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Unexpected diversity of small eukaryotes in deep-sea Antarctic plankton
TLDR
Using ribosomal RNA genes from marine picoplankton, several new groups of bacteria and archaea have been identified, some of which are abundant and related to dinoflagellates that are found at all studied depths and suggest a radiation early in the evolution of alveolates.
Global dispersal and ancient cryptic species in the smallest marine eukaryotes.
TLDR
It is illustrated that global dispersal of a picoeukaryote is possible in oceans, but this does not imply a reduced species number and it is shown that the morphospecies concept is untenable because it overlooks a large genetic and species diversity and may lead to incorrect biological assumptions.
Autochthonous eukaryotic diversity in hydrothermal sediment and experimental microcolonizers at the Mid-Atlantic Ridge
TLDR
A molecular survey based on 18S ribosomal RNA genes of eukaryotes present in different hydrothermal niches at the Mid-Atlantic Ridge identified considerable phylogenetic diversity, both at kingdom level and within kinetoplastids and alveolates.
Metagenomics of the Deep Mediterranean, a Warm Bathypelagic Habitat
TLDR
The comparison of metagenomic libraries from the deep Mediterranean and the Pacific ALOHA water column showed that bathypelagic Mediterranean communities resemble more mesopelagic communities in the Pacific, and suggests that, in the absence of light, temperature is a major stratifying factor in the oceanic water column, overriding pressure at least over 4000 m deep.
An updated view of kinetoplastid phylogeny using environmental sequences and a closer outgroup: proposal for a new classification of the class Kinetoplastea.
TLDR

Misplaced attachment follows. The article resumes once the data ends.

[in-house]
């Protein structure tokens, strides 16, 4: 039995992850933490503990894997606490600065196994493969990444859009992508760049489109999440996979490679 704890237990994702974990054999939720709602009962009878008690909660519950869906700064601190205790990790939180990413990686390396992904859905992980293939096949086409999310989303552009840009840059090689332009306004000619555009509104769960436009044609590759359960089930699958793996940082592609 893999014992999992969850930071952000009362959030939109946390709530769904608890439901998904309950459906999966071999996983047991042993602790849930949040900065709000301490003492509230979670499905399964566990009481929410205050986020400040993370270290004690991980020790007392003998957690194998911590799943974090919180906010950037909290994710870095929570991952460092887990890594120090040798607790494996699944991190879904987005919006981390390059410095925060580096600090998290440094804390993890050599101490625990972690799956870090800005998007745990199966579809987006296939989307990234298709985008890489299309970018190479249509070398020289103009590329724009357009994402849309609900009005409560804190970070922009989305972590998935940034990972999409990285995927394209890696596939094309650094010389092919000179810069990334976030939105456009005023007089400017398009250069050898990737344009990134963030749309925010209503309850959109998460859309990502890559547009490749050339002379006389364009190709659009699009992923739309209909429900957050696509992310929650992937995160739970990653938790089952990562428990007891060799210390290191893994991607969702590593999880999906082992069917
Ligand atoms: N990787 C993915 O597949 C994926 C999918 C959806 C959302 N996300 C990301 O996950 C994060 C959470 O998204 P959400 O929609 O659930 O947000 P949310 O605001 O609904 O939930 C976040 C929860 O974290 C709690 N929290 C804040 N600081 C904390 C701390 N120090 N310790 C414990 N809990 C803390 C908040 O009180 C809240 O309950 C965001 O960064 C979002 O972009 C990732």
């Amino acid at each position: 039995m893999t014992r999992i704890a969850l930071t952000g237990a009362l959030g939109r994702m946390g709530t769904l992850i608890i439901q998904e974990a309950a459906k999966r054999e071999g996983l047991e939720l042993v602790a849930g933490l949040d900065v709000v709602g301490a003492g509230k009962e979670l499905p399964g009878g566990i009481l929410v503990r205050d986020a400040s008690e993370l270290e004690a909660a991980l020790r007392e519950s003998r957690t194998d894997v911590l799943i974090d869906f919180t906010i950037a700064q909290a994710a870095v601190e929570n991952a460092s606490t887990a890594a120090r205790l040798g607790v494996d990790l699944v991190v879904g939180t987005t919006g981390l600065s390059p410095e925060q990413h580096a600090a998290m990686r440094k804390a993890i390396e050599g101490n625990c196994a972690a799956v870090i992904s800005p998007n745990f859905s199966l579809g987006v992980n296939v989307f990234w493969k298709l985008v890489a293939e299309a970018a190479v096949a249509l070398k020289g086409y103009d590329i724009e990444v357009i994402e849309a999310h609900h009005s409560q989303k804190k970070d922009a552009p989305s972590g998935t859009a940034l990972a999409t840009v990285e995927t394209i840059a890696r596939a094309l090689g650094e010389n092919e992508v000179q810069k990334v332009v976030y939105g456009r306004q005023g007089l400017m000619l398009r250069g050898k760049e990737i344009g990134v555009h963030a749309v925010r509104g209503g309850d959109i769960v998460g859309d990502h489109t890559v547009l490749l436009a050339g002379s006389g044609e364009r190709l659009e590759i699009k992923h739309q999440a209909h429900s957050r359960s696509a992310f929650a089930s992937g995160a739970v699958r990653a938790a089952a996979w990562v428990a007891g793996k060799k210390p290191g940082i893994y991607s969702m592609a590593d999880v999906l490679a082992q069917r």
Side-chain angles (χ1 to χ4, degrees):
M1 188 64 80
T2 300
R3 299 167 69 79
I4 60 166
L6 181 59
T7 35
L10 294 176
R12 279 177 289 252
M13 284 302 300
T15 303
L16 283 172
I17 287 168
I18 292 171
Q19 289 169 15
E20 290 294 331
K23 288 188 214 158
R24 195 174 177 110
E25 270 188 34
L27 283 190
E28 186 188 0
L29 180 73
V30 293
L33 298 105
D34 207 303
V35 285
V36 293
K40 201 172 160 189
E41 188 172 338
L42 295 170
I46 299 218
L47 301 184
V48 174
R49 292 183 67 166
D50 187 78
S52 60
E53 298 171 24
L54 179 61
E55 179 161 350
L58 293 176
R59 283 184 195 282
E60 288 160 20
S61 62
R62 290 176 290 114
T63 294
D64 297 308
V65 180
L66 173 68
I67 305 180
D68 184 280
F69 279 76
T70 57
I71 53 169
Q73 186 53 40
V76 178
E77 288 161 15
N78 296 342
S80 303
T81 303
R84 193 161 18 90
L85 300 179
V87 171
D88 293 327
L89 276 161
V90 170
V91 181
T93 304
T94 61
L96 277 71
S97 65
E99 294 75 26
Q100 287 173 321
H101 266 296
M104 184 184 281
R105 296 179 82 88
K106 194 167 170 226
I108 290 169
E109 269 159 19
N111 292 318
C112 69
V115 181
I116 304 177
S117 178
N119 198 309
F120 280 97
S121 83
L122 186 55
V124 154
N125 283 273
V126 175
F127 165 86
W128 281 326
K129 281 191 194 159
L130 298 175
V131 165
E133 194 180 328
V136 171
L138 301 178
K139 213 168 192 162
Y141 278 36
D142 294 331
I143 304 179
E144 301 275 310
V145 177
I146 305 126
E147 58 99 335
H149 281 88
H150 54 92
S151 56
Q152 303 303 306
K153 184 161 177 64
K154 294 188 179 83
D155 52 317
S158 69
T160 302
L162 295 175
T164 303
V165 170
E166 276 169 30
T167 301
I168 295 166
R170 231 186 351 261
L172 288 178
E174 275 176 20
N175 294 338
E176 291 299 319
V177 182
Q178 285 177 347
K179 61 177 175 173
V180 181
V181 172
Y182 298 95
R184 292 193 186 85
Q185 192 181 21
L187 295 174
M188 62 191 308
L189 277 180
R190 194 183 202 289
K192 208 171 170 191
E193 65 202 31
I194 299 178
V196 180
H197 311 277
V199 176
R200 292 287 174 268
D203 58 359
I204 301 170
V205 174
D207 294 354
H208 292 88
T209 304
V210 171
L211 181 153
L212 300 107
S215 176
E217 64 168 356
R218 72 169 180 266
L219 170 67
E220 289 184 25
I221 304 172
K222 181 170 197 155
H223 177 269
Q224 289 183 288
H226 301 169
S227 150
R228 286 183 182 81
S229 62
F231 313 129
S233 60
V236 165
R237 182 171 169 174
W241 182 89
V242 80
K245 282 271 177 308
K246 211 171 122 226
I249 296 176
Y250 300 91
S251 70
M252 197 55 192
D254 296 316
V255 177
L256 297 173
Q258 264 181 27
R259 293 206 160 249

A new classification of the class Kinetoplastea is proposed based on the results of the phylogenetic analysis presented, which supports the monophyly of groups that very often emerged as polyphyletic in the trees rooted using the traditional, distant outgroup sequences.
The early evolution of lipid membranes and the three domains of life
TLDR
The implications of recent phylogenomic studies suggesting that the cenancestor did possess complex phospholipid membranes for membrane evolution in archaea and bacteria and for the origin of the eukaryotic cell are discussed.
Diversity of functional genes of methanogens, methanotrophs and sulfate reducers in deep-sea hydrothermal environments.
TLDR
This study provides for the first time an insight into the diversity of several functional genes of deep-sea hydrothermal system microorganisms as well as the existence of novel lineages in the three functional groups.
Bacterial diversity in hydrothermal sediment and epsilonproteobacterial dominance in experimental microcolonizers at the Mid-Atlantic Ridge.
TLDR
A molecular survey based on 16S rRNA genes of the bacterial diversity found in two deep-sea vent niches at the Mid-Atlantic Ridge shows that microcolonizers were almost exclusively colonized by epsilonproteobacteria, although these exhibited considerable morphological and phylogenetic in-group diversity.
Origins and early evolution of the mevalonate pathway of isoprenoid biosynthesis in the three domains of life.
TLDR
The MVA pathway is likely an ancestral metabolic route in all the three domains of life, and hence, it was probably present in the last common ancestor of all organisms (the cenancestor), and open the possibility that the cenANCestor had membranes containing isoprenoids.
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